4 September 2022

Cracking the code on Mint's new special release coin could help you score a job

| James Coleman
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50-cent coin

The uncirculated 50-cent coin celebrates 75 years of the Australian Signals Directorate (ASD). Photo: Royal Australian Mint.

Australia has a new coin that could make you more coins depending on whether you can crack its code.

The 50-cent coin, released on 1 September by the Royal Australian Mint, is cloaked in layers of secret code to mark the 75th anniversary of the Australian Signals Directorate (ASD).

ASD is responsible for the country’s signals intelligence, cyber warfare and cyber security. Their cryptographic experts collaborated with the Mint to help design a coin with four unique layers of code that – if broken – contain two messages about the department’s work and history.

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All that is needed is a pen, paper, Wikipedia and a dash of brainpower.

ASD director-general Rachel Noble said there might be a job opportunity in it.

“This exciting coin release challenges Australians to engage with the sorts of problem-solving that our talented people at ASD do every day, and might even be a pointer to a new career with us for those who can crack it,” she said.

“Though some coding for the coin originated with the Roman Empire, there is remarkably still a place for them in modern intelligence.”

75 years of the Australian Signals Directorate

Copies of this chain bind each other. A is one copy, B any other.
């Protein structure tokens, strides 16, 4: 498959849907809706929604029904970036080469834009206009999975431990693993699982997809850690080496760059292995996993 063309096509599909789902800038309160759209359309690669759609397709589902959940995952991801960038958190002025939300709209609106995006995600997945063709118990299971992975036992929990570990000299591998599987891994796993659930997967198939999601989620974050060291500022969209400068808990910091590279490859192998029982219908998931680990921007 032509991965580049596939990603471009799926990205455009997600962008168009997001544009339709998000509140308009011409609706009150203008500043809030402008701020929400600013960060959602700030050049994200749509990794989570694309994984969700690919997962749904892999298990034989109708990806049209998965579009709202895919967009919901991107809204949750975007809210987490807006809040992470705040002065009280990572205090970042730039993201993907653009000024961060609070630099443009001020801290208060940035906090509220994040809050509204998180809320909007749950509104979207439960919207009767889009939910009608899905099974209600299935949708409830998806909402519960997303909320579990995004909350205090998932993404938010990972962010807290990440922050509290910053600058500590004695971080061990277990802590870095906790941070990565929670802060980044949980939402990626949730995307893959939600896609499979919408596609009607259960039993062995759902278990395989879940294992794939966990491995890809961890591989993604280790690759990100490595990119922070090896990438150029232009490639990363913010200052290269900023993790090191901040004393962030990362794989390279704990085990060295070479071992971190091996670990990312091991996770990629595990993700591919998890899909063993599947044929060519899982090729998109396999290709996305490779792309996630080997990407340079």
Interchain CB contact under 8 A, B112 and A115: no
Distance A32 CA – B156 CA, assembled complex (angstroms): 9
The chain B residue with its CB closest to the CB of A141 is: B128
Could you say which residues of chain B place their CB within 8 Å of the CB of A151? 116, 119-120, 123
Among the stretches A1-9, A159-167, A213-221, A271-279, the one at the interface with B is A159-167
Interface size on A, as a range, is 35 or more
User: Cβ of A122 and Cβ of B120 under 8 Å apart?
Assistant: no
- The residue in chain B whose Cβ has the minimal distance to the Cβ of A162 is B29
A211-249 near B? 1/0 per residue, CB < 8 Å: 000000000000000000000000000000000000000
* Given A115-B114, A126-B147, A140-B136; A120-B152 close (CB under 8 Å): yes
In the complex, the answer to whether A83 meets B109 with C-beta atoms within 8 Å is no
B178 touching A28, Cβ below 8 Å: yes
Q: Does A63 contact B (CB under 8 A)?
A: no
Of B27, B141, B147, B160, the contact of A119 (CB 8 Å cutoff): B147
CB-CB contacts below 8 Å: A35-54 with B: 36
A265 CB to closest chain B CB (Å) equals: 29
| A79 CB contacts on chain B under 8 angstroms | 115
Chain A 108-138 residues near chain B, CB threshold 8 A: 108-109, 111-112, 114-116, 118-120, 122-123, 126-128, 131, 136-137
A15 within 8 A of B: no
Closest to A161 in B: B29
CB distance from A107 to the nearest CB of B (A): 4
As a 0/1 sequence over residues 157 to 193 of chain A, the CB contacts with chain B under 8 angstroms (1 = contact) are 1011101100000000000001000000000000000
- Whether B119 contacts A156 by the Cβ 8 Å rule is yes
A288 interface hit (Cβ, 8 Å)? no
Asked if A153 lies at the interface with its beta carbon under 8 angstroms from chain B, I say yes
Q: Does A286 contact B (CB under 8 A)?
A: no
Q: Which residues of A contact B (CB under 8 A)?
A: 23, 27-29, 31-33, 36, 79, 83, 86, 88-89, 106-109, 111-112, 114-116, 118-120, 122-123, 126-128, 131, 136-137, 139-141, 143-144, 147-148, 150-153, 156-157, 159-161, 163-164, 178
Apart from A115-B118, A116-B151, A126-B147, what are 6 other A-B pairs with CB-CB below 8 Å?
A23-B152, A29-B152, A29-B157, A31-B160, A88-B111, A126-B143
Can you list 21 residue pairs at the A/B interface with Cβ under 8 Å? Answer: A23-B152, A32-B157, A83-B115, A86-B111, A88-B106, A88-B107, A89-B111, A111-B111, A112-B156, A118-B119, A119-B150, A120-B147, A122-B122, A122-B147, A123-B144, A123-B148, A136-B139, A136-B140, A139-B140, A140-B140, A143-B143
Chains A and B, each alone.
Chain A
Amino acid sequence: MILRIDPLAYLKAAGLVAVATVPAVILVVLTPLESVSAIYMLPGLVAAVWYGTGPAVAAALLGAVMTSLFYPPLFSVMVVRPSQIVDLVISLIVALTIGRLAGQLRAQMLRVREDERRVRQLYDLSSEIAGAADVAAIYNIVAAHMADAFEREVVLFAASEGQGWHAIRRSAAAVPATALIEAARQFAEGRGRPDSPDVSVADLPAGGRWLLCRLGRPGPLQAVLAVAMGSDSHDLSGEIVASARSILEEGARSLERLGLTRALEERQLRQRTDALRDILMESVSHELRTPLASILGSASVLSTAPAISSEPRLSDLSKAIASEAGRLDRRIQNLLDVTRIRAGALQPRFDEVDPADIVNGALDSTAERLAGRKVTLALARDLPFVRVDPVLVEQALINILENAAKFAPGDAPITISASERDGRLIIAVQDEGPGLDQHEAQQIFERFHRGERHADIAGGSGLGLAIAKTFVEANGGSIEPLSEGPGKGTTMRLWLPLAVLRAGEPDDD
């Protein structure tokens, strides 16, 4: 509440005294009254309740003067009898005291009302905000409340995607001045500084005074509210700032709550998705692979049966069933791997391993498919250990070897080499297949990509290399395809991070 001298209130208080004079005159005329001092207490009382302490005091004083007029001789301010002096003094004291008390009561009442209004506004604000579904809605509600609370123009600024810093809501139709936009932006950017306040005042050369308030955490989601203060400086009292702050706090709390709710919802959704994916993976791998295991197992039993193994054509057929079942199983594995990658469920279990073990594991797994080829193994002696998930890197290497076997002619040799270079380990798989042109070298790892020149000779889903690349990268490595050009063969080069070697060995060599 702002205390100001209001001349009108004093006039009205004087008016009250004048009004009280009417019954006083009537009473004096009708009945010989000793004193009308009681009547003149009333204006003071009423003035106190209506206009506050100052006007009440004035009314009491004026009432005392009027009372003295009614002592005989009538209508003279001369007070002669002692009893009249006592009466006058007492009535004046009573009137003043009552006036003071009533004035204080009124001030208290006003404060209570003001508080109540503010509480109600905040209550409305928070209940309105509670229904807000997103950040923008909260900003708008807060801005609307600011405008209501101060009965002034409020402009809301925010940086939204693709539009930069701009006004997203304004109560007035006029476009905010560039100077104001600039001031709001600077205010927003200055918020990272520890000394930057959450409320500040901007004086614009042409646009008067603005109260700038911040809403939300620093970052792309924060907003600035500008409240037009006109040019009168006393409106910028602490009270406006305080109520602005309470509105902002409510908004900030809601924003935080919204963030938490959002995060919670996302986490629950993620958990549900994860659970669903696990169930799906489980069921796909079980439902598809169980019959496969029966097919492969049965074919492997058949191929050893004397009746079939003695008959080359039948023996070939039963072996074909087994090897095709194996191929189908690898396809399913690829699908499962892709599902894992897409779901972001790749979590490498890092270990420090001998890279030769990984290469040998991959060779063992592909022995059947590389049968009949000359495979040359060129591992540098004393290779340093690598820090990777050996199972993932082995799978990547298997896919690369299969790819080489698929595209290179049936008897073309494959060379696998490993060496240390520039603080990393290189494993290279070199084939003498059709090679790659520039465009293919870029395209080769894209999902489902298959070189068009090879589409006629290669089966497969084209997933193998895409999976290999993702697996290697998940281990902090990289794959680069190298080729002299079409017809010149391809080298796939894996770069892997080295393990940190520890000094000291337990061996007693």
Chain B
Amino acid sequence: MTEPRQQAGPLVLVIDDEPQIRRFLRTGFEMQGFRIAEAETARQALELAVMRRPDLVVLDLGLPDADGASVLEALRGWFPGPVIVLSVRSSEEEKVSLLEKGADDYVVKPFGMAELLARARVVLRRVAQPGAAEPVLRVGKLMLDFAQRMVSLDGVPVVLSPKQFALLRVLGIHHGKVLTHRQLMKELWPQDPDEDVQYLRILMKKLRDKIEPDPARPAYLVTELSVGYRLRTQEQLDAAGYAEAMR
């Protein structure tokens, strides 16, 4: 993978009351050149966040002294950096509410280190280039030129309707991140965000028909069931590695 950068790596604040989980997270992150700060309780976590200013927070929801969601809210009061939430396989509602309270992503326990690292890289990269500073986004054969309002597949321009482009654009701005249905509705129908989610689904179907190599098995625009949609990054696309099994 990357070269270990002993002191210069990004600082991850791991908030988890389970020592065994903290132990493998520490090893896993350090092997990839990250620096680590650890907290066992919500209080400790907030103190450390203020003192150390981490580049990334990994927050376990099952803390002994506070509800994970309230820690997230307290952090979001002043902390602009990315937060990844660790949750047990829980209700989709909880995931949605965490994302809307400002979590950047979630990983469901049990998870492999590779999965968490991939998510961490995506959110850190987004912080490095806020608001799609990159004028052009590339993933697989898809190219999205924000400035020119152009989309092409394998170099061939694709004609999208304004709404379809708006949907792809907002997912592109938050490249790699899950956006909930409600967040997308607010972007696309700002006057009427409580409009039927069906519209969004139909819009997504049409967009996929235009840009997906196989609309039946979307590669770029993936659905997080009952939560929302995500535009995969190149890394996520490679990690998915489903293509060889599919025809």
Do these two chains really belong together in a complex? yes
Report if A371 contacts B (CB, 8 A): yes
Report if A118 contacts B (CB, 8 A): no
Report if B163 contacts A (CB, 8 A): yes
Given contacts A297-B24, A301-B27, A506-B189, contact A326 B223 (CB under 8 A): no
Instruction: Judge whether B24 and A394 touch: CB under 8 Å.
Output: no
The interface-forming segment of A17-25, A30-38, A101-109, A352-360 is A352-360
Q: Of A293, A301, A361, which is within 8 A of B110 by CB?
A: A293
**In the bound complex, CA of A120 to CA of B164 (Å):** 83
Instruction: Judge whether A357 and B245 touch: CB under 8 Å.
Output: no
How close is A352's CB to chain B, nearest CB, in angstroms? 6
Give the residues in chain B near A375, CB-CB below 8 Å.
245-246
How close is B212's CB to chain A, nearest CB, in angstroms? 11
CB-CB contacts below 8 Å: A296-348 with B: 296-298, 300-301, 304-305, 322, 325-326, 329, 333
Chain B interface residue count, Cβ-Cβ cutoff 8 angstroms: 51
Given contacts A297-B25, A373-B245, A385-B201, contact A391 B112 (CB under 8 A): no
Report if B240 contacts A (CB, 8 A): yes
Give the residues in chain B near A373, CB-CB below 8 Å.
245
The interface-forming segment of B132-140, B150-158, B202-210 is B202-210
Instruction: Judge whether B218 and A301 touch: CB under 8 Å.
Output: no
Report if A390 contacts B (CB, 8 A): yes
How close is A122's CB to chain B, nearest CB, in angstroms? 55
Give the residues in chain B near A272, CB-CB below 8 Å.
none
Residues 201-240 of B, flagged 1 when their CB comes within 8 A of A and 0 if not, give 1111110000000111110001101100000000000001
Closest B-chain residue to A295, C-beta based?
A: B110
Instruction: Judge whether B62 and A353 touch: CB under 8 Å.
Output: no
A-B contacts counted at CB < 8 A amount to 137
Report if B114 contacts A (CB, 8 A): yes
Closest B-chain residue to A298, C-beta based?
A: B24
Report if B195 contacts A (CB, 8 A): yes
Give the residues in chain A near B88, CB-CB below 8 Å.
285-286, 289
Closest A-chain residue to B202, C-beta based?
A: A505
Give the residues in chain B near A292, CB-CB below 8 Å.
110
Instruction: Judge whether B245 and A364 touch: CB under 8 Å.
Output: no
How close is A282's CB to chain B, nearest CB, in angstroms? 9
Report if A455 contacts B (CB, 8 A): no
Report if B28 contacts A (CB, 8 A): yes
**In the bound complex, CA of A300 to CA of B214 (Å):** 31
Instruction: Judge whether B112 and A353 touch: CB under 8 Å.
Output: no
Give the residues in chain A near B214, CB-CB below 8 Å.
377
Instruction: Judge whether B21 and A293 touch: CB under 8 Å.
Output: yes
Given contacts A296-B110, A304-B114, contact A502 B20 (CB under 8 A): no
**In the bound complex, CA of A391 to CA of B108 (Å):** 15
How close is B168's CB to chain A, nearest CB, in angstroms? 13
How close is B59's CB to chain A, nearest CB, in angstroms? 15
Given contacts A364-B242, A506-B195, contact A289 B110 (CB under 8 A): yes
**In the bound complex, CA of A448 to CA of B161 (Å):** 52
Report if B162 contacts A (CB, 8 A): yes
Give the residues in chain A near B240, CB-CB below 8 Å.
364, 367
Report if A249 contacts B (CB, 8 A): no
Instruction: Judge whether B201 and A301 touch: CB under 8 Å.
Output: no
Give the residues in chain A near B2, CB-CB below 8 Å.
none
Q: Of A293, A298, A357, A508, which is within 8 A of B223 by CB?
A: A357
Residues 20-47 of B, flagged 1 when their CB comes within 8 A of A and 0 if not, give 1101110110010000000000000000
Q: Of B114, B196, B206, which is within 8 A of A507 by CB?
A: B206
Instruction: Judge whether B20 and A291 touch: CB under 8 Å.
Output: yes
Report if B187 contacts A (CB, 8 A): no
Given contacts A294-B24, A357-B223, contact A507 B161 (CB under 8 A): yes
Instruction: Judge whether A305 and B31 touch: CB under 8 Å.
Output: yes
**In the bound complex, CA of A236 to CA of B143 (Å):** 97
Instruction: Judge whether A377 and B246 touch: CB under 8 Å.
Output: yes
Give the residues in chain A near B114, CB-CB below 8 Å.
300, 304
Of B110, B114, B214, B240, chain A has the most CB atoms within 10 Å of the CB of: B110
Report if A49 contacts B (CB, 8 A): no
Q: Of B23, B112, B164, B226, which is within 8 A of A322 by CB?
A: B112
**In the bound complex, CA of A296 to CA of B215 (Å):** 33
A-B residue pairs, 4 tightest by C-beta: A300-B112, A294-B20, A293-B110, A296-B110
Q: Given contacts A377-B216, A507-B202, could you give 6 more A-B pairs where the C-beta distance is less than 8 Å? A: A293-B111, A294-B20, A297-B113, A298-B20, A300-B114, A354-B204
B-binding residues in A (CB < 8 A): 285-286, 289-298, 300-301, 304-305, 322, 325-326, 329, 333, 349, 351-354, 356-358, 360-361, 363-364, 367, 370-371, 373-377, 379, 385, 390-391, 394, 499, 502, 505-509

Can you work out what is hidden by the letters and numbers? Photo: Royal Australian Mint.

ASD has helped defend Australia from global threats since 1947. It was established by the Department of Defence to specialise in the cyberspace, providing foreign signals intelligence, cyber security and offensive cyber operations, as directed by the Australian Government.

It’s based in Canberra, at the Defence Department Headquarters at Russell Offices.

“I am immensely impressed by the people who work at ASD and this coin celebrates their work, as well as giving all Australians a glimpse of our history of protecting the nation from harm,” Ms Noble said.

The coin hides a message about ASD’s historical evolution as an organisation, combining codes thousands of years old through to modern binary code, invented during the age of computing.

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Royal Australian Mint CEO Leigh Gordon said developing the coin was a complex task as it was critical each different code was clearly identifiable.

“While the 50-cent piece is Australia’s biggest coin, it still doesn’t have a lot of surface area,” he said.

“Ensuring people could see the code to decrypt it was one of the challenges our people were able to solve with ASD, to create a unique and special product.”

The coin can be purchased through the Mint’s online sales portal for $12.50. And if you think you’ve cracked it, submit your answer on the ASD website and they’ll reveal whether it’s correct at the end of September 2022.

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?75 ???? ???????? ????? ??????? ?????? ?? ????? ???? ???? ???? ????? ???? ???? ?? ??? ????? ??? ??????

Well that didn’t convert well. How about: For 75 years the Australian Signals Directorate has brought together people with the skills, adaptability and imagination to operate in the slim area between the difficult and the impossible.

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